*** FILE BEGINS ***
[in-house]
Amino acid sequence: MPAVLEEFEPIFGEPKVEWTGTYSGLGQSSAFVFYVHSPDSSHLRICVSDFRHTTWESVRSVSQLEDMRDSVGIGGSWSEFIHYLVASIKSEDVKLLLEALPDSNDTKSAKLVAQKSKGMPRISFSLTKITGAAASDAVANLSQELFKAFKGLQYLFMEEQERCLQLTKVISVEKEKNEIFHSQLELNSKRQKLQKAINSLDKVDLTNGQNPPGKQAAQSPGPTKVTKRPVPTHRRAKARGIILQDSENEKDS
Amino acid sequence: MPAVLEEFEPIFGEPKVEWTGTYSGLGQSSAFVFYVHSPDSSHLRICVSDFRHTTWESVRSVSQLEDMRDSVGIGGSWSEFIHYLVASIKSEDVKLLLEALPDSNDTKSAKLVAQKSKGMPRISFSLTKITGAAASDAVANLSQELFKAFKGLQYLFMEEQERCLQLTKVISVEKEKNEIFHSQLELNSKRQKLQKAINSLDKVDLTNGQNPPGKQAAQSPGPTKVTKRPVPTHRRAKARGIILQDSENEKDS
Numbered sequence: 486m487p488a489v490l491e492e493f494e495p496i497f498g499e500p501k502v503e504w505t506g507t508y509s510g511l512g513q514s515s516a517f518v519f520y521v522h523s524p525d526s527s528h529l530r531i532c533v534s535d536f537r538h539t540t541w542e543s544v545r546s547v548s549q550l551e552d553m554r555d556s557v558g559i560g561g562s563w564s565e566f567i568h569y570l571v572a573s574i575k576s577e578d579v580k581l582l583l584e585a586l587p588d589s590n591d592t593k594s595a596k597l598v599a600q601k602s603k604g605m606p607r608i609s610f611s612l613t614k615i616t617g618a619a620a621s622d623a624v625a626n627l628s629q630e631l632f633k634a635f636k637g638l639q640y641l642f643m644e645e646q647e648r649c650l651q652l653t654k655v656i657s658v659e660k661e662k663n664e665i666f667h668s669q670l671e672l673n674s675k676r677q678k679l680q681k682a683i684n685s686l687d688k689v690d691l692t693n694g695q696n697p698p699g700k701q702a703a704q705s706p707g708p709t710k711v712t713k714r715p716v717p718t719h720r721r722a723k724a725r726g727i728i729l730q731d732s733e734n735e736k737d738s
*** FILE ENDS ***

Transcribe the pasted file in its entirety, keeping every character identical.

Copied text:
[in-house]
Amino acid sequence: MPAVLEEFEPIFGEPKVEWTGTYSGLGQSSAFVFYVHSPDSSHLRICVSDFRHTTWESVRSVSQLEDMRDSVGIGGSWSEFIHYLVASIKSEDVKLLLEALPDSNDTKSAKLVAQKSKGMPRISFSLTKITGAAASDAVANLSQELFKAFKGLQYLFMEEQERCLQLTKVISVEKEKNEIFHSQLELNSKRQKLQKAINSLDKVDLTNGQNPPGKQAAQSPGPTKVTKRPVPTHRRAKARGIILQDSENEKDS
Amino acid sequence: MPAVLEEFEPIFGEPKVEWTGTYSGLGQSSAFVFYVHSPDSSHLRICVSDFRHTTWESVRSVSQLEDMRDSVGIGGSWSEFIHYLVASIKSEDVKLLLEALPDSNDTKSAKLVAQKSKGMPRISFSLTKITGAAASDAVANLSQELFKAFKGLQYLFMEEQERCLQLTKVISVEKEKNEIFHSQLELNSKRQKLQKAINSLDKVDLTNGQNPPGKQAAQSPGPTKVTKRPVPTHRRAKARGIILQDSENEKDS
Numbered sequence: 486m487p488a489v490l491e492e493f494e495p496i497f498g499e500p501k502v503e504w505t506g507t508y509s510g511l512g513q514s515s516a517f518v519f520y521v522h523s524p525d526s527s528h529l530r531i532c533v534s535d536f537r538h539t540t541w542e543s544v545r546s547v548s549q550l551e552d553m554r555d556s557v558g559i560g561g562s563w564s565e566f567i568h569y570l571v572a573s574i575k576s577e578d579v580k581l582l583l584e585a586l587p588d589s590n591d592t593k594s595a596k597l598v599a600q601k602s603k604g605m606p607r608i609s610f611s612l613t614k615i616t617g618a619a620a621s622d623a624v625a626n627l628s629q630e631l632f633k634a635f636k637g638l639q640y641l642f643m644e645e646q647e648r649c650l651q652l653t654k655v656i657s658v659e660k661e662k663n664e665i666f667h668s669q670l671e672l673n674s675k676r677q678k679l680q681k682a683i684n685s686l687d688k689v690d691l692t693n694g695q696n697p698p699g700k701q702a703a704q705s706p707g708p709t710k711v712t713k714r715p716v717p718t719h720r721r722a723k724a725r726g727i728i729l730q731d732s733e734n735e736k737d738s